The defendant's negligence in spilling the oil was the sole proximate cause of the hazardous condition of the road. If the conduct of the Highway Department employees was negligent (a conclusion the jury might have rejected), that conduct was "put into operation by the defendant's wrongful act" and does not, therefore, relieve the defendant of liability for its negligence. *148 Aside from this point, "whether the negligence of [the defendant] continued until the time of the accident and proximately contributed to it in the slightest degree . . . presented questions of fact for determination by the jury, not questions of law for the court." Cox v. Mabe, 214 Va. 705, 709, 204 S.E.2d 253, 256-57 (1974).

The judgment will be reversed, the jury's verdict will be reinstated, and final judgment will be entered here for the plaintiff.

Reversed and final judgment.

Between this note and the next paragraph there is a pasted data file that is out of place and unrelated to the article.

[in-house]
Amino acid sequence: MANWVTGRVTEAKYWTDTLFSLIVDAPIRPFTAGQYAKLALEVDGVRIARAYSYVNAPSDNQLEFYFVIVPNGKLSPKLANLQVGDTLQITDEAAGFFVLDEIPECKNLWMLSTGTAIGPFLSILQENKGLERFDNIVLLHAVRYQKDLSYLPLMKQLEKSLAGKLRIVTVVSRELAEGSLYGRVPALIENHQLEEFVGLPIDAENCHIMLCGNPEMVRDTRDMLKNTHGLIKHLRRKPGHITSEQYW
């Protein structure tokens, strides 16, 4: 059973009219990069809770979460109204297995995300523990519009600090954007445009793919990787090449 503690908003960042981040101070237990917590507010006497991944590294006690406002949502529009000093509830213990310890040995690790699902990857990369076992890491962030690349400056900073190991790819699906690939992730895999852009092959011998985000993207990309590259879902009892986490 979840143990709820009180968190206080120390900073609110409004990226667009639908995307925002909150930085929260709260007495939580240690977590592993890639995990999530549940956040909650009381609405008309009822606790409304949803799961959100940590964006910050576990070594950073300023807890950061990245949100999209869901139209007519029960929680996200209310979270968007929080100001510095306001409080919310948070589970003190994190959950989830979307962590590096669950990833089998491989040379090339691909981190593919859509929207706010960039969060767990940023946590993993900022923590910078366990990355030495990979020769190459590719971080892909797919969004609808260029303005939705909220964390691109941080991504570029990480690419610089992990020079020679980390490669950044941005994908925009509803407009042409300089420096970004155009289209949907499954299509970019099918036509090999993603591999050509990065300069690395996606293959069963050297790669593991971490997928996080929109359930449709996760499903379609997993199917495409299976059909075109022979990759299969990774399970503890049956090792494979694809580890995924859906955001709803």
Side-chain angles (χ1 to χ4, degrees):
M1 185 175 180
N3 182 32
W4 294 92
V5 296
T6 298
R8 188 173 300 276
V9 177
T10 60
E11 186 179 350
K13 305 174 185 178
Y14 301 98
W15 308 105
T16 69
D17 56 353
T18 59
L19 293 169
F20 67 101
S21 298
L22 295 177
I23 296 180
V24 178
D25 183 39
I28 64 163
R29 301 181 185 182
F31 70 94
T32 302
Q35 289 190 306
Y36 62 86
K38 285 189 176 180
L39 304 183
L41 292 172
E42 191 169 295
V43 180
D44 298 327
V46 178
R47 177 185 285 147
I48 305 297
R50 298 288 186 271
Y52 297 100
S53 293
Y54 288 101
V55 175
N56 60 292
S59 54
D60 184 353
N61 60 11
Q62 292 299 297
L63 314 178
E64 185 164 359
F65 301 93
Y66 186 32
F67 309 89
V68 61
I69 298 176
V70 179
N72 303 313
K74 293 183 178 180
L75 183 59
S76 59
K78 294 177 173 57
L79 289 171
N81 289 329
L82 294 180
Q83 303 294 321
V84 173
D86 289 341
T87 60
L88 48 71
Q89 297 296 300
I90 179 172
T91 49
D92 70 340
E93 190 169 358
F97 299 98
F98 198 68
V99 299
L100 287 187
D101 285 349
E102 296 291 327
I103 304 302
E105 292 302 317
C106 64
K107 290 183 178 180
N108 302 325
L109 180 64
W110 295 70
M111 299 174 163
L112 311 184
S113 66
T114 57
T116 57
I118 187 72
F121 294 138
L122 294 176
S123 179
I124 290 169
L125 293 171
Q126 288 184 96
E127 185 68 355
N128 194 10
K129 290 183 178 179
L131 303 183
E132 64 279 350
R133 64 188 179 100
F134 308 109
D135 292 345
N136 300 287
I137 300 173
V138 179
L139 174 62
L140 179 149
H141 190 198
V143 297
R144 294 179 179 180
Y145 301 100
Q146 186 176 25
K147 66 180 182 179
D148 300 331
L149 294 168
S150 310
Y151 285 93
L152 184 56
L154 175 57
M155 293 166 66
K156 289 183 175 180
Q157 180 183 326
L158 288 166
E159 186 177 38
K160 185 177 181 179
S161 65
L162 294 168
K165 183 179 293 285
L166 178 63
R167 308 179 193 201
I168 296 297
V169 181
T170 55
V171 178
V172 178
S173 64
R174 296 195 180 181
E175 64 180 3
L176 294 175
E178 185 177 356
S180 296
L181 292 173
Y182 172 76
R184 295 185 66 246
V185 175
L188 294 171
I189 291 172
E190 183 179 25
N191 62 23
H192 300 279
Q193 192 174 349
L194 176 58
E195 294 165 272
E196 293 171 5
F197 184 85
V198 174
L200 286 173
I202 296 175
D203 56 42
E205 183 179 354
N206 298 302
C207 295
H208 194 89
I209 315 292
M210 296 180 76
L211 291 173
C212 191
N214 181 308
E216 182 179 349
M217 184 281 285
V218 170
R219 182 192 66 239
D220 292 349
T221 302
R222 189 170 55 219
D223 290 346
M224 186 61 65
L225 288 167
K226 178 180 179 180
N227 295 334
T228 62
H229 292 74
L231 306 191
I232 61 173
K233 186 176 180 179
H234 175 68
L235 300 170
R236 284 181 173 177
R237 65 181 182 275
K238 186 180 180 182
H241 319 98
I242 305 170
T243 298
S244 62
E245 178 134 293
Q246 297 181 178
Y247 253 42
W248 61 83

HARRISON, J., dissenting.

HARRISON, Justice, dissenting.

The trial judge found as a matter of law that the spillage of oil by the defendant was a remote cause of the collision and that the plaintiff was guilty of contributory negligence. I agree with both conclusions.

The oil spillage occurred about midday on December 10, 1973. The accident occurred several hours thereafter, during which time the highway had been used without incident by the traveling public. The spillage was admittedly due to the malfunction of a "whip hose" connection. Soon after the spillage occurred members of a local fire department and employees of the State Highway Department began their efforts to repair the road and to remove any hazard caused by the spillage. The duty to repair and to render safe the road was the responsibility of the Highway Department. While the defendant's driver might have been more solicitous than he was, the evidence does not show any additional thing that he could have done to alleviate the condition that was not already being done by the Highway Department.